History of the Grenada Flag
The Flag of Grenada was adopted after it gained independence from the United Kingdom in 1974. It consists of three colors - green, red and gold. These colors are used to represent the country's vegetation and agriculture (green), courage and vitality (red), and wisdom and warmth (gold).
This flag has a red border in which three gold stars are equally spaced along the top and three gold stars equally spaced along the bottom and they represent the six parishes of the country. There is a further gold star which is placed in the center of the flag, surrounded by a red circle and this stands for the capital of Saint Georges.
Two gold triangles, one top and bottom and two green triangles, one left and one right form a rectangle which is the main background of the flag. Within the green triangle on the left is a yellow and red symbol which represents a nutmeg which grows all over the island along with many other spices, hence a link to the name is given to this former colony of "Isle of Spice", spices being one of its main exports. Mr Anthony C. George who comes from the town of Soubise in the Parish of St Andrew's designed the flag.
It is believed the name Grenada originates from the time that the French colonized the country and called it La Grenade. They had control of Grenada for about one hundred years and prospered from it by exporting sugar. Control was then passed to the British for the next two centuries and they continued to build the country's prosperity by adding the export of spices.
Today the Grenadian economy is mainly dependent on tourism. Like many Caribbean islands it has beautiful beaches and picturesque bays and harbors for visitors to enjoy. It's lush green interior features a number of waterfalls and probably most famously a crater-formed lake called Grand Etang Lake which tourists can see when visiting the Grand Etang National Park.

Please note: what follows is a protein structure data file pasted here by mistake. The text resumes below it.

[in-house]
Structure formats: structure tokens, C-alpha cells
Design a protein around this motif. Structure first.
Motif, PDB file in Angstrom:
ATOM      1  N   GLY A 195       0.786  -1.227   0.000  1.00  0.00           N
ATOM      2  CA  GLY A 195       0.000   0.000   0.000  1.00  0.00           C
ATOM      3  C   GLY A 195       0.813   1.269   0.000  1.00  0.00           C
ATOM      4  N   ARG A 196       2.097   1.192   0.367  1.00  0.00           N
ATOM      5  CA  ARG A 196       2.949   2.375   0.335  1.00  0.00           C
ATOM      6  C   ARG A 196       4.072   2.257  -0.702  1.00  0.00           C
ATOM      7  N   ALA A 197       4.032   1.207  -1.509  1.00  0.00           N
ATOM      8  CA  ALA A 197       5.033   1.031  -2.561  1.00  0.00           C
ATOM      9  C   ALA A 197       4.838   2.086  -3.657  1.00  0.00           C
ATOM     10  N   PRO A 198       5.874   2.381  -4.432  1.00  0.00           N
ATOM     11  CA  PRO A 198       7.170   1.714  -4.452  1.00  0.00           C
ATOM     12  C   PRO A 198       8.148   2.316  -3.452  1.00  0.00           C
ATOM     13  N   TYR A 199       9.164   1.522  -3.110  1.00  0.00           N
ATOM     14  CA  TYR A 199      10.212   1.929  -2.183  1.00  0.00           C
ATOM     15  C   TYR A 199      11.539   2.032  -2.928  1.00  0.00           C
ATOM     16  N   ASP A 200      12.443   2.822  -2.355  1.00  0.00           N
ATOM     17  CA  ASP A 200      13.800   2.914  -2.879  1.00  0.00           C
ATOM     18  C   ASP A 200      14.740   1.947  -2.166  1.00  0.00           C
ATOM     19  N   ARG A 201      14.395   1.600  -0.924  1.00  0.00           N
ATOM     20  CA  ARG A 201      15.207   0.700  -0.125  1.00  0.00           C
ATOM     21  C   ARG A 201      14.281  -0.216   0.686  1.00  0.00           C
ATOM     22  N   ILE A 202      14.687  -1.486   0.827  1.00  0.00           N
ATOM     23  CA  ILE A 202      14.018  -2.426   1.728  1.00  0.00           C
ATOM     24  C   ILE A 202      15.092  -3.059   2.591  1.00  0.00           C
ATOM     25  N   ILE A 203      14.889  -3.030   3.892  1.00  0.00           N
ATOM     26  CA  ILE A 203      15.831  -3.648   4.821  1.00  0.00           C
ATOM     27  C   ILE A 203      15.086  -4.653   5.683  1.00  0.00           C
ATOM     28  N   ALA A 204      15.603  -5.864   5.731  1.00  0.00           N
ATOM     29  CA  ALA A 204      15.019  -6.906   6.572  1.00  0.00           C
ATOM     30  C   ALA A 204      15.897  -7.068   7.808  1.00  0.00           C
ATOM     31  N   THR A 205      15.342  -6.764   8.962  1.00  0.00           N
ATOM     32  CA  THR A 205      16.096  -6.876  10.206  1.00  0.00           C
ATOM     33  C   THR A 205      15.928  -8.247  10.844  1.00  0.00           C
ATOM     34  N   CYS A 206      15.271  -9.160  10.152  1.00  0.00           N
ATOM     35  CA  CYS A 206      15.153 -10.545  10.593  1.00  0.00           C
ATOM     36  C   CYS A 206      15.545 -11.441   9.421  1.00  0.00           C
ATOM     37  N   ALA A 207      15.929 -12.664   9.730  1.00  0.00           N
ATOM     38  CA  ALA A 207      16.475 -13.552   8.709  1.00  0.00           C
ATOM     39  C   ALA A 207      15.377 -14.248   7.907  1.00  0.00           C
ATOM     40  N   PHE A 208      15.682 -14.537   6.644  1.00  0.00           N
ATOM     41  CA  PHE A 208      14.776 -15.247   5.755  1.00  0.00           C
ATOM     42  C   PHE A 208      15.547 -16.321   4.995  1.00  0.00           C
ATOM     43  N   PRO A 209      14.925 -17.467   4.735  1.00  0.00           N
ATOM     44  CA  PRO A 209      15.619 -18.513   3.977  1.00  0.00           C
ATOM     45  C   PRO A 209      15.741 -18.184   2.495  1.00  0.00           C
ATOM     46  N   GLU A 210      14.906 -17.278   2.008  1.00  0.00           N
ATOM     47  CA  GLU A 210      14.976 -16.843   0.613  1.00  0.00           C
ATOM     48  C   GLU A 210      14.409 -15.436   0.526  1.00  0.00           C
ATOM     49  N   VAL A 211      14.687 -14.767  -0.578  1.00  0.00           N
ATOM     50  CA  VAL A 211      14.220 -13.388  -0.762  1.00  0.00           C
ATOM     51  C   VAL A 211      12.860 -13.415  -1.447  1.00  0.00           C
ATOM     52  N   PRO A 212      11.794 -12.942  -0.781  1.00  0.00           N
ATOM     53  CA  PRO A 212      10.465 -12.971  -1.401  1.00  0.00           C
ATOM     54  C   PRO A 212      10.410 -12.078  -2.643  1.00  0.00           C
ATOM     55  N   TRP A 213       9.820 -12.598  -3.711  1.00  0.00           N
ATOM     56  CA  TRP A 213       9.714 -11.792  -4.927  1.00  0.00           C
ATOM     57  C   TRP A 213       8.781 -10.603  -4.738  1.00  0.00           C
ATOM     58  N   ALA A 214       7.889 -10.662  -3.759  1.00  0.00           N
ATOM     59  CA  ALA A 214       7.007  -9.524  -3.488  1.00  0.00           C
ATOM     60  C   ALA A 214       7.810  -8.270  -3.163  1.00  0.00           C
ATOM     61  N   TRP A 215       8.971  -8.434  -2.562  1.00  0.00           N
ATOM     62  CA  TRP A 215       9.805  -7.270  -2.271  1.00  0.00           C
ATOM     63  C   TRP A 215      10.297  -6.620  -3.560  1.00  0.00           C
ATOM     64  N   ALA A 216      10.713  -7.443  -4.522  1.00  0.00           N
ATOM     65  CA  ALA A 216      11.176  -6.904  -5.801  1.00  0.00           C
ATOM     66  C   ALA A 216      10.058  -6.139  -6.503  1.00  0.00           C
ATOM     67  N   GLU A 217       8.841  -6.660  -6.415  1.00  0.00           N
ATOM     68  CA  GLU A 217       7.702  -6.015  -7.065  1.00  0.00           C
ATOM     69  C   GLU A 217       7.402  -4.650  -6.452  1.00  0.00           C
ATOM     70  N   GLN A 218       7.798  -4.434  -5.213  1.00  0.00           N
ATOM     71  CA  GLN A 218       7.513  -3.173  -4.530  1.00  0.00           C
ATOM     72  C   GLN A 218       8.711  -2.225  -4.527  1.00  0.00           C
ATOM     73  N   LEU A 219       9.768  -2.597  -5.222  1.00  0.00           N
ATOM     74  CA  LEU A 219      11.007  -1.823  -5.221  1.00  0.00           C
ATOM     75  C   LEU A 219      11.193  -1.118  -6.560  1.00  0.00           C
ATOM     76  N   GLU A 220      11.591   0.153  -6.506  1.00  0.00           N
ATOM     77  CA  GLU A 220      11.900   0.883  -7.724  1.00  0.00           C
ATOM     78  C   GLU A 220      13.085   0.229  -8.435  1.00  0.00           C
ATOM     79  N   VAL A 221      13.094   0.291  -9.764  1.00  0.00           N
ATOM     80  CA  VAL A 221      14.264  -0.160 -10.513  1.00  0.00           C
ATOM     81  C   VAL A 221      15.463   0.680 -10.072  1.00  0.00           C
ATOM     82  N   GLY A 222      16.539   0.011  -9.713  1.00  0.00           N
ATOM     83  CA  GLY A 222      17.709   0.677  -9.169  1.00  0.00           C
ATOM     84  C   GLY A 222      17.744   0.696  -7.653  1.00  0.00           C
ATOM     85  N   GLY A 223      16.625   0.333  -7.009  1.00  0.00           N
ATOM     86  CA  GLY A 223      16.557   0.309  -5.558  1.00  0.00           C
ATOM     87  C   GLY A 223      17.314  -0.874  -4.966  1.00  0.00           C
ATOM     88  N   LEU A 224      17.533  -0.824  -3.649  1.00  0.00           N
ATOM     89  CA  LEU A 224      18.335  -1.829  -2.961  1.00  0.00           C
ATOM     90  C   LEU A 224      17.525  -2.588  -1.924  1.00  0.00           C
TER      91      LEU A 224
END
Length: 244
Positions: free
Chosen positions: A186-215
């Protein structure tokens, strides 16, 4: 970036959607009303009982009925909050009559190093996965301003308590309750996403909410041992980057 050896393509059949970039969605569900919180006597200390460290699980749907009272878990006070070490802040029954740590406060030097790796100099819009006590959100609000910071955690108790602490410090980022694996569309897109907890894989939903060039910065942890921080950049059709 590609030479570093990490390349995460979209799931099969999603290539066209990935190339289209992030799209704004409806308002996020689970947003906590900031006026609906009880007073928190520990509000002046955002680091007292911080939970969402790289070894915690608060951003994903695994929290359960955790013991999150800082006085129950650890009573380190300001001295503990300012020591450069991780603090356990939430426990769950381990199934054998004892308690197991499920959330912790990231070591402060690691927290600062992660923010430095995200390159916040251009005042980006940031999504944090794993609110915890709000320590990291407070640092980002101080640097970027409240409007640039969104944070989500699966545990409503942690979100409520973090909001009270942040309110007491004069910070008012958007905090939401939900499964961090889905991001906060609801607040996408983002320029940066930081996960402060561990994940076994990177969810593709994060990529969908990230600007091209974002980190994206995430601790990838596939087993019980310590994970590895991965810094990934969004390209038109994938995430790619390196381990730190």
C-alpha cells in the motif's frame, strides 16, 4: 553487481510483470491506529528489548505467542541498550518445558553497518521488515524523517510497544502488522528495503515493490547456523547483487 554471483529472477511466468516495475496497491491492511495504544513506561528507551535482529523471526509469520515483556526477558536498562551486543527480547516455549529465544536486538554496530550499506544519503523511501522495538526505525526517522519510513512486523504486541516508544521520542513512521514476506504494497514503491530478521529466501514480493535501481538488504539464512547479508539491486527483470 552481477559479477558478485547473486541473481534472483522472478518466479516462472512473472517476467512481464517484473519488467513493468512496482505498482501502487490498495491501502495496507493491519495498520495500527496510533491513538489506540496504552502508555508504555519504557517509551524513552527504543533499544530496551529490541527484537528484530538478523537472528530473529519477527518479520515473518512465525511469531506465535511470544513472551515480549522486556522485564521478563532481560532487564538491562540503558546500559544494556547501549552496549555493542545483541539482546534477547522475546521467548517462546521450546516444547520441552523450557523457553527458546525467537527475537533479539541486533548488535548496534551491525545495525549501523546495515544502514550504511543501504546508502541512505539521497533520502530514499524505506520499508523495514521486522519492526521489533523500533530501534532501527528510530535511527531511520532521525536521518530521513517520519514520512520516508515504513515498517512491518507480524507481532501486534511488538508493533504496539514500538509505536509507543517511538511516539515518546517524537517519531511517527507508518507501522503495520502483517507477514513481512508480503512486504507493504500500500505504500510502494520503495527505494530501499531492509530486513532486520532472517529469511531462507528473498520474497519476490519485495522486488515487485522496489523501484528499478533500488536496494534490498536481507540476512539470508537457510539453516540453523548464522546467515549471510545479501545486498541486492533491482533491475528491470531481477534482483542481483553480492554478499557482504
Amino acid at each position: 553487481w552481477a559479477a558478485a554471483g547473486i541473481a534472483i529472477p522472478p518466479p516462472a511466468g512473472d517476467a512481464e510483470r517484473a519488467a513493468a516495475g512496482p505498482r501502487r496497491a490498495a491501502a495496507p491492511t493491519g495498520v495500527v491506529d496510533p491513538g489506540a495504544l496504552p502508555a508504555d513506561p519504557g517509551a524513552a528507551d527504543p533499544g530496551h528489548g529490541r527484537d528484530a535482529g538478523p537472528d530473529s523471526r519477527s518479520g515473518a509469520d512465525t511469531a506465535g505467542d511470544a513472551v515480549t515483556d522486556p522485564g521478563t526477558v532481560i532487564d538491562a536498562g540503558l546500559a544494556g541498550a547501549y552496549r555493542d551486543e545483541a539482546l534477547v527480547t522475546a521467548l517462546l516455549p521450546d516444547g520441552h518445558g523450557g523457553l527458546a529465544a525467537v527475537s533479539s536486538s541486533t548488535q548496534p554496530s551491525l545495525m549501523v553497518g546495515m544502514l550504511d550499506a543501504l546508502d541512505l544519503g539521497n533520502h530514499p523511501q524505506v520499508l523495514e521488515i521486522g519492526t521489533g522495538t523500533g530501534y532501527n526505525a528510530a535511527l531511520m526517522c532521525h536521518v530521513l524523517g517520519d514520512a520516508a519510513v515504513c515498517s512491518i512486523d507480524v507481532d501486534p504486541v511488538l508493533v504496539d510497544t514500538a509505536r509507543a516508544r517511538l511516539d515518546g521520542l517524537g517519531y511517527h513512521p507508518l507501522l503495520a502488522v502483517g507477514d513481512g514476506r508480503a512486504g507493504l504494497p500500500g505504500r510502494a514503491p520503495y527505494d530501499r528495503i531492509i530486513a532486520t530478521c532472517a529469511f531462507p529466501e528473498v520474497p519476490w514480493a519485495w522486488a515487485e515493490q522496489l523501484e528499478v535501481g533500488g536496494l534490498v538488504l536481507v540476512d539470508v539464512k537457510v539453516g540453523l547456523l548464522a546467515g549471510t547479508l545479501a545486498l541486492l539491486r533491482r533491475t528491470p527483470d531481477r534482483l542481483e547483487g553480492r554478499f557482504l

If you are visiting Grenada you must experience what the island is renowned for, it's spices, in particular, nutmeg. A visit to the Dougaldston Spice Estate which is one of the largest and oldest plantations on the island is where the locals will demonstrate how nutmeg has been grown and processed for centuries to make Grenada one of the top producers in the world of this spice.
Being located in the south east of the Caribbean, Grenada's hurricanes generally do not cause severe damage, but the country did receive a direct hit from Hurricane Ivan in September 2004 having been free of hurricanes for the previous 49 years. The damage caused was horrific with about 90 percent of homes damaged or destroyed. Due to the determination of the citizens, international finance and action from the Grenadian government the island recovered well and was ready for business again in just over a year proving the worth of the red on the Grenada flag representing the courage, fervour and vitality of the people to preserve and maintain this small island nation.